With the discovery of Magnetism, we set about creating a blue water navy, to ensure Egyptian safety from enemies abroad. For the Romans never forgot the humiliation at our hands. They grew ever closer with the Russians. Catherine perhaps begrudged our cultural assimilation of 4 of her cities. In addition, France got into bed with the Romans and Russians, signing a Mutual Protection Pact with both.

      Alarmed that we might be soon surrounded by hostile nations, I took swift action. The Japanese were pleased to sign a Mutual Protection Pact with Egypt. As they shared the same continent as Russia, they would be my counterbalance against the hated Catherine. England, sharing land with the French, I wooed next. Elizabeth was happy to ally herself with me, as I started shipments of Coal to England in return for Horses to outfit my Cavalry. Thus the Triple Entente was formed.

      As the Industrial Age dawned, our cities set about creating Hospitals and Factories. Our workers worked feverishly upon a pan-continental rail line. All was quiet, and then I got a summons from the Queen.


      • #4
        The Summons

        I had been reviewing our scientists’ progress on the Theory of Evolution, when news of the summons reached me.

        I was surprised, as the Queen had gone through a little bit of a religious revival lately, spending much of her time with the Priests of Osiris at the Cathedral of Thebes. Of course, when you are over 5700 years old and living proof of the Gods’ existence, you are always welcome with the priesthood. I was fine with it as it meant less of her capricious demands upon me.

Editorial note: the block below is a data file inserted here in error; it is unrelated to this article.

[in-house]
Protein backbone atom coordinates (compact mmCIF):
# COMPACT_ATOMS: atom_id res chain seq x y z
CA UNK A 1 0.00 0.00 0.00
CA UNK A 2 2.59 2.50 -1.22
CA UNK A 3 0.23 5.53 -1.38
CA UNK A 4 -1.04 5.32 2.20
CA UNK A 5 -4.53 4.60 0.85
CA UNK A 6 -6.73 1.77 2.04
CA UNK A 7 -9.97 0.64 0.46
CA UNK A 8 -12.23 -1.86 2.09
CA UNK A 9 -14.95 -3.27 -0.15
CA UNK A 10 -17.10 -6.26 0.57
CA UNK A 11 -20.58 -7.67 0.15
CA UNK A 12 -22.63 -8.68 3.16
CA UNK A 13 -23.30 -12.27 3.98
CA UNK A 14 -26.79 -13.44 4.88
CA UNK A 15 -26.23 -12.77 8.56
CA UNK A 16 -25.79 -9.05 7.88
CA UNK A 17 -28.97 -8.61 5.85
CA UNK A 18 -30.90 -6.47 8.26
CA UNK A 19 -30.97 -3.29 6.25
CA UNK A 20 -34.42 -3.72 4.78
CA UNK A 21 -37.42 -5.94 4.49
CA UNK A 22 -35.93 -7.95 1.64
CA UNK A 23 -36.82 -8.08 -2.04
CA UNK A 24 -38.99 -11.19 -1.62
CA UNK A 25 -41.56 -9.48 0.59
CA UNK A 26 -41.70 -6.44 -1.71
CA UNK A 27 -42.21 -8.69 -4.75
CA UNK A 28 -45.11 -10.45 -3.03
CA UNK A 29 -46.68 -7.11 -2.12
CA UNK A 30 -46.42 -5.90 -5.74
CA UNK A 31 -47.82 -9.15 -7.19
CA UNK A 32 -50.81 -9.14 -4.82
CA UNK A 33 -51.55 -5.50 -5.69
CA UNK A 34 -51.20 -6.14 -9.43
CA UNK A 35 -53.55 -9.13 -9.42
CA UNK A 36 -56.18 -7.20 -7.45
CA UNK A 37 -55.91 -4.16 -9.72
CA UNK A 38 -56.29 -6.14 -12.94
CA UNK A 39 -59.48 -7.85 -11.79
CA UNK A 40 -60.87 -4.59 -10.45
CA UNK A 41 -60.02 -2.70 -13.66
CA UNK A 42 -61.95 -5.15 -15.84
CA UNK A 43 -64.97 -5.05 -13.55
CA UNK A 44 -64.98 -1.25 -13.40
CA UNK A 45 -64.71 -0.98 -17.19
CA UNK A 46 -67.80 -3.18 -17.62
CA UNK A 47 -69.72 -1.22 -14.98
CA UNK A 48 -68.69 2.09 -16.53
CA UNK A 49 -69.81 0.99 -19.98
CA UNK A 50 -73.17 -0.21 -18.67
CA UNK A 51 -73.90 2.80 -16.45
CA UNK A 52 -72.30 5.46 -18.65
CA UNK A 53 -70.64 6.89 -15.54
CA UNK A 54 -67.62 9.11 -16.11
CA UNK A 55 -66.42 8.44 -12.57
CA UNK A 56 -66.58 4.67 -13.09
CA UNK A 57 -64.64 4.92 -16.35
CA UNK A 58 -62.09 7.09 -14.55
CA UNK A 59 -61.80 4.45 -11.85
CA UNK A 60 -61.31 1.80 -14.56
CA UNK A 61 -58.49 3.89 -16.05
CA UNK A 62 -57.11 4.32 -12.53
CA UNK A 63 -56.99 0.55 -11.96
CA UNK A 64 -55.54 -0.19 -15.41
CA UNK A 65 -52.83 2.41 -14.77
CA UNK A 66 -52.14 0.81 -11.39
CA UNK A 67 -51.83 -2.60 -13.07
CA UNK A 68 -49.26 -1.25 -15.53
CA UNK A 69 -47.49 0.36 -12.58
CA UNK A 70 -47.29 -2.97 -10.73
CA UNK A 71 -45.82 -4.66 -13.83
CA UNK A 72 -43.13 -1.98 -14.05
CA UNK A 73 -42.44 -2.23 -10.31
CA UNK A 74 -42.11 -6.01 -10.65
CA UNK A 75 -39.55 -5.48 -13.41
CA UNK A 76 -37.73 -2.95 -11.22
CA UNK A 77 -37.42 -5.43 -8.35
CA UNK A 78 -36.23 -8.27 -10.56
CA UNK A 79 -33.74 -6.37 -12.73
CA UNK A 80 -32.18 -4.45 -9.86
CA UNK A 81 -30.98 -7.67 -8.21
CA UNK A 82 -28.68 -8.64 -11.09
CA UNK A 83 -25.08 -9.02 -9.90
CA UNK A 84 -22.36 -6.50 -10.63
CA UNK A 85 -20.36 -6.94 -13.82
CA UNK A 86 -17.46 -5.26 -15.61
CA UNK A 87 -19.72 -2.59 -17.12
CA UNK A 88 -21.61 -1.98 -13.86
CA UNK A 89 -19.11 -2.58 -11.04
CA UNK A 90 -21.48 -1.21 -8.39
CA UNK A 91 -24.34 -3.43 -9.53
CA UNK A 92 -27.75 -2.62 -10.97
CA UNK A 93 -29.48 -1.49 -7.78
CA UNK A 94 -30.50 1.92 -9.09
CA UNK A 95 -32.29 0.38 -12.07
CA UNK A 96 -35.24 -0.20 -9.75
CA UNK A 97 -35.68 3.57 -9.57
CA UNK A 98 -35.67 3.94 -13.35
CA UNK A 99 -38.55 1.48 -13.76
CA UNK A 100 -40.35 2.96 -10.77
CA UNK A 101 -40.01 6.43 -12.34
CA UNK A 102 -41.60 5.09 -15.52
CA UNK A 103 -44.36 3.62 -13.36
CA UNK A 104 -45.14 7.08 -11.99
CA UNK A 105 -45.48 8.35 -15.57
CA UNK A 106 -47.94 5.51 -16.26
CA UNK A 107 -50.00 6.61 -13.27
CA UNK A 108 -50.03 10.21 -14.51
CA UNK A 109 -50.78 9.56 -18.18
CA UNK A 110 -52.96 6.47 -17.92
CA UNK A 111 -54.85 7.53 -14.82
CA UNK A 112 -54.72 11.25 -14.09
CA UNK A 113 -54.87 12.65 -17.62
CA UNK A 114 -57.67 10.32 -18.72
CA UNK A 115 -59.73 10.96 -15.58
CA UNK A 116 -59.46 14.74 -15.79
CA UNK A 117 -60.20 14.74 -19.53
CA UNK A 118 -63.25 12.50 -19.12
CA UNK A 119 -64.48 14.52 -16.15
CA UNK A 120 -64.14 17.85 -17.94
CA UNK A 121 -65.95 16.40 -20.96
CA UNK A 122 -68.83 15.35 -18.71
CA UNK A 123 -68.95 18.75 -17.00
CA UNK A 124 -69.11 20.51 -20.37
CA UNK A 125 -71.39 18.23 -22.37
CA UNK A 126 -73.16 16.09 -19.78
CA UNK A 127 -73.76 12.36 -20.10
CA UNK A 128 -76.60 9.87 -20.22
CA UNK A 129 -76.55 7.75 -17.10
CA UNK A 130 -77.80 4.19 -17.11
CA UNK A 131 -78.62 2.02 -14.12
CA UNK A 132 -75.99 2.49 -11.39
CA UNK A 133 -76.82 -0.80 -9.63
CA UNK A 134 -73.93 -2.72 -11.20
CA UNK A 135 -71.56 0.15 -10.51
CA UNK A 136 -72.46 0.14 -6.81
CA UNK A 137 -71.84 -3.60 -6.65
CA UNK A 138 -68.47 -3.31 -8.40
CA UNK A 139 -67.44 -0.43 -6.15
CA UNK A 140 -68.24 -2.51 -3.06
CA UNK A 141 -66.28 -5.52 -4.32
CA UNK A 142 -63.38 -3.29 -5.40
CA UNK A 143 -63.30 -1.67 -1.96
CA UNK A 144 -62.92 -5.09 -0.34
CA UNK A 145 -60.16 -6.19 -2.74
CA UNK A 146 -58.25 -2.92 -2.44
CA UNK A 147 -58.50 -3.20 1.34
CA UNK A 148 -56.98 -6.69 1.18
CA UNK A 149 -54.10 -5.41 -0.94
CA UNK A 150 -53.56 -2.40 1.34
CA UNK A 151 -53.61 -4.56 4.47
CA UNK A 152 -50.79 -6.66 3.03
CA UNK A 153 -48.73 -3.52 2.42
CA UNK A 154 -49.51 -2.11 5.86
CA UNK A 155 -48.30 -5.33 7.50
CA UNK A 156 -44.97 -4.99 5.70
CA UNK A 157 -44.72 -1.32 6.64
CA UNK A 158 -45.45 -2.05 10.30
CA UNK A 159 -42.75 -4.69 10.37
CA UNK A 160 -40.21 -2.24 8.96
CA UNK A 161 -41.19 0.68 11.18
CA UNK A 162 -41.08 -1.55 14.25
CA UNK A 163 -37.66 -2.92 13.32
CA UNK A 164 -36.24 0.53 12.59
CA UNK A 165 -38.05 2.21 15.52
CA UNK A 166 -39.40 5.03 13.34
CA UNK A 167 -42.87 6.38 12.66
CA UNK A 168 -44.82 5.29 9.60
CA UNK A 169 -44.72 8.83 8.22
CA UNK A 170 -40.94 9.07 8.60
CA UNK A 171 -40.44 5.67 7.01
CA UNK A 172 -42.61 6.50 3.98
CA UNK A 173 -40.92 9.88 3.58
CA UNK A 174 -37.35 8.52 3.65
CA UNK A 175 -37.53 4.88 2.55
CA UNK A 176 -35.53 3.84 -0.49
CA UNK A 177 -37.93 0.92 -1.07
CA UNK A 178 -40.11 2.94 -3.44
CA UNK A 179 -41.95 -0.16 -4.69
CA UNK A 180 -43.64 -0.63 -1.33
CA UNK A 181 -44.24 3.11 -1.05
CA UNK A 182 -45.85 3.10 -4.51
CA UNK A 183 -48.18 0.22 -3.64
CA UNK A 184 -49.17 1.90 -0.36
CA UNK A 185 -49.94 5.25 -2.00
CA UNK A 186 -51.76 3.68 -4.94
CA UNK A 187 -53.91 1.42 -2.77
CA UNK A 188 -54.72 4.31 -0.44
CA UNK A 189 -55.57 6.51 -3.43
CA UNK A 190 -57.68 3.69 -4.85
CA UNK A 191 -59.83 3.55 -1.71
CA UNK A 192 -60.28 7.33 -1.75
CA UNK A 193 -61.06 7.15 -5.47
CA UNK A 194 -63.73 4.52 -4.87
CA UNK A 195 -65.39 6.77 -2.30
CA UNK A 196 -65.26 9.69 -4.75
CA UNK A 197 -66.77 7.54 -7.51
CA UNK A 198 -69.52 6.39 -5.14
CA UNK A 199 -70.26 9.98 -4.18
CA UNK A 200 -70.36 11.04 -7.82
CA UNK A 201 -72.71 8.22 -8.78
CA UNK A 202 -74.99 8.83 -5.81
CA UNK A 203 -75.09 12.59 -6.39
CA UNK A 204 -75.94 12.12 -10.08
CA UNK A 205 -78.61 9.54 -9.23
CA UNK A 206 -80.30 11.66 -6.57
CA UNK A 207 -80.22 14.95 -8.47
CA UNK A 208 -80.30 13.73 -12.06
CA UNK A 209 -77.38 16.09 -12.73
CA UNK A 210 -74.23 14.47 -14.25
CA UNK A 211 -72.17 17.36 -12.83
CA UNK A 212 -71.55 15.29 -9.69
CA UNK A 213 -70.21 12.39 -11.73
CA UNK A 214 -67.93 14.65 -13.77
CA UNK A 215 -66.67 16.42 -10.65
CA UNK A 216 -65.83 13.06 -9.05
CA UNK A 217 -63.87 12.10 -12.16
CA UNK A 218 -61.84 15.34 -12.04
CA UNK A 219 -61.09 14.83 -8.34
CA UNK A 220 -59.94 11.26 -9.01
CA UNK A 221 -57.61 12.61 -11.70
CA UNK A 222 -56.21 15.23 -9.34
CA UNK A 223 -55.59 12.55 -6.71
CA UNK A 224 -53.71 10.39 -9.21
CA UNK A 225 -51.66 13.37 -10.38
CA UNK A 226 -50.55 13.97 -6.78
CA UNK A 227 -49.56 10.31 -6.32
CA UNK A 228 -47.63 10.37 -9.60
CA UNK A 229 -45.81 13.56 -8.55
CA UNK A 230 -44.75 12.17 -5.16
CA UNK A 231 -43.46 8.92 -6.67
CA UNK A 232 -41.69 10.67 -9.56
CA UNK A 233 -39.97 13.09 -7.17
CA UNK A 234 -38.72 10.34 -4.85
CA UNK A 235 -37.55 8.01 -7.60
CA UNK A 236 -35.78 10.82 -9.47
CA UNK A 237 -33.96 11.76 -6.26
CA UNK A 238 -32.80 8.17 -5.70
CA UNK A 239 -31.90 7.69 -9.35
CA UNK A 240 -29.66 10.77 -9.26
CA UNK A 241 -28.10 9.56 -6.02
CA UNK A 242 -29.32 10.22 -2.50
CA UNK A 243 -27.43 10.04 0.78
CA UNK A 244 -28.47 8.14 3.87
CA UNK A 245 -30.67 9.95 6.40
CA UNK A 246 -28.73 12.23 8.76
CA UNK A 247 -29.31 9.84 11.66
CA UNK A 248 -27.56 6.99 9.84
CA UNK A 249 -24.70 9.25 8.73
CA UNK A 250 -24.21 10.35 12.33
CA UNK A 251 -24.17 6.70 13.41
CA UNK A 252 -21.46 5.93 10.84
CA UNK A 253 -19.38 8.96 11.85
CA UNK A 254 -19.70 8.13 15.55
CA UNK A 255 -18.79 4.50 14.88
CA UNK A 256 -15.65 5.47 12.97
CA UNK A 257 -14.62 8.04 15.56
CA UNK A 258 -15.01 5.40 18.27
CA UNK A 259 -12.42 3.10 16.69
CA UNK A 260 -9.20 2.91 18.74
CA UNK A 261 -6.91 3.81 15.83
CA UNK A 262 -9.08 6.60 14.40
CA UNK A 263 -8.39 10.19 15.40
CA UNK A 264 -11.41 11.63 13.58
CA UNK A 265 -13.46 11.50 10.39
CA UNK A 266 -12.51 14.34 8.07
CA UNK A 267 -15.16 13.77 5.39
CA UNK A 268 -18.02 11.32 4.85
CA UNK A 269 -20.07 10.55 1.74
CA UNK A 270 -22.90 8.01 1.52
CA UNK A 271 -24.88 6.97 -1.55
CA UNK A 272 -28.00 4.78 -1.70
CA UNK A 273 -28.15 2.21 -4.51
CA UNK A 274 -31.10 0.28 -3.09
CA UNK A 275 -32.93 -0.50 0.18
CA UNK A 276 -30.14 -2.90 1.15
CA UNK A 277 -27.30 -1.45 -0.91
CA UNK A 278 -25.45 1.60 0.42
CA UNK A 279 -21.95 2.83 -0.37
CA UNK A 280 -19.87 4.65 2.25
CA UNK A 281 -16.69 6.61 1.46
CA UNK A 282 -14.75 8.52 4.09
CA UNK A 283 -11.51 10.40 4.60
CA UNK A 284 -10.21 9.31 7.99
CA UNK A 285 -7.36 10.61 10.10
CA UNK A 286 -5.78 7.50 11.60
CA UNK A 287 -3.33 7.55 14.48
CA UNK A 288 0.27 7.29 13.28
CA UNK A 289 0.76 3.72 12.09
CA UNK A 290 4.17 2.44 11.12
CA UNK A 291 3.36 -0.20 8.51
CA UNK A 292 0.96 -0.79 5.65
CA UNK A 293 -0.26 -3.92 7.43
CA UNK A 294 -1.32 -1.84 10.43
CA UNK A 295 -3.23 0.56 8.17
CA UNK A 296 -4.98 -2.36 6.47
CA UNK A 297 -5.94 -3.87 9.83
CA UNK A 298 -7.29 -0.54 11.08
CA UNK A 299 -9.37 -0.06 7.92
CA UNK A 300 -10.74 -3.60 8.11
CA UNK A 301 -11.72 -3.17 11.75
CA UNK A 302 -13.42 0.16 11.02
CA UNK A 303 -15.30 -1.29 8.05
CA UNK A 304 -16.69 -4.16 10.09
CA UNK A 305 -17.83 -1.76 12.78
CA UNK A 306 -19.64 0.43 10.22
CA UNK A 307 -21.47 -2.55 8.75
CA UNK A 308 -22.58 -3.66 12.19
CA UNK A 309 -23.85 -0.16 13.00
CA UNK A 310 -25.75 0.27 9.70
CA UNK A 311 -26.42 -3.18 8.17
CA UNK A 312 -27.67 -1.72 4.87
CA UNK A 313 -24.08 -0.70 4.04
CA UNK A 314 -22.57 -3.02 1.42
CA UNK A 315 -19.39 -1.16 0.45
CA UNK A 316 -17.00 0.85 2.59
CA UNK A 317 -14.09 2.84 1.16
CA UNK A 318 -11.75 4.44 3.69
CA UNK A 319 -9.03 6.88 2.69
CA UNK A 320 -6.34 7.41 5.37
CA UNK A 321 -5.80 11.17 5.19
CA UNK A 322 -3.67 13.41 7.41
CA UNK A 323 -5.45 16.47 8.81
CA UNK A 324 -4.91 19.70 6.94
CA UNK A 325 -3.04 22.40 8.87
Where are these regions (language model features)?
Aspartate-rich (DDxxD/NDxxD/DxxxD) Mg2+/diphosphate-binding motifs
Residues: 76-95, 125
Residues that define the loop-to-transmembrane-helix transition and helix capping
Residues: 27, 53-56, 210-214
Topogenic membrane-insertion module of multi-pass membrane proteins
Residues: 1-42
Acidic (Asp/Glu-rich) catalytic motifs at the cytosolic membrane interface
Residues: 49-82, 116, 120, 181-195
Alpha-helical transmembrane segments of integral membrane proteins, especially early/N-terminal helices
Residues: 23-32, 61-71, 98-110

I headed immediately to the Cathedral, to see what my Queen needed of me. When I entered the darkened sanctum, lit only by guttering light of a brazier in the far corner, I was taken aback.

        Here was my Queen, eyes blazing, a glow of almost maniacal fervor about her. Still beautiful, though, even if she did insist upon wearing that ridiculous yellow bonnet.

        Uh-oh, I thought to myself, this can’t be good.

        Queen Cleopatra: (impatient) Imhotep! I’m glad you are here.

        Me: (meekly) I came as quickly as I could, your Grace.

        Queen Cleopatra: (rushed) Of that I don’t doubt. I must tell you of my dream…

        Me: (puzzled) Your dream?

        Queen Cleopatra: (far away) ...I had a dream. In my dream, a red rat danced upon the fruited banks of the Nile, eating the cream of the land. In my dream, a golden cobra came out of the river, set upon the rat and ate it. The cobra grew fat upon the rat, and the Children of the Nile rejoiced.

        Me: (still puzzled) Uh… OK. What do you think it means?

        Queen Cleopatra: (angry) What does it mean? Imhotep, open your eyes!

        And with that she stepped away from a map of the world that covered the far wall. After peering at it for a couple of seconds, it began to dawn on me. If you squinted, and smoked a lot of whatever the Queen had been smoking- yes! Our part of the continent DID sort of look like a snake, with the Romans dangling from the mouth of the snake.

        Me: (looking quizzically at the Queen) You mean to wage war upon the Romans again?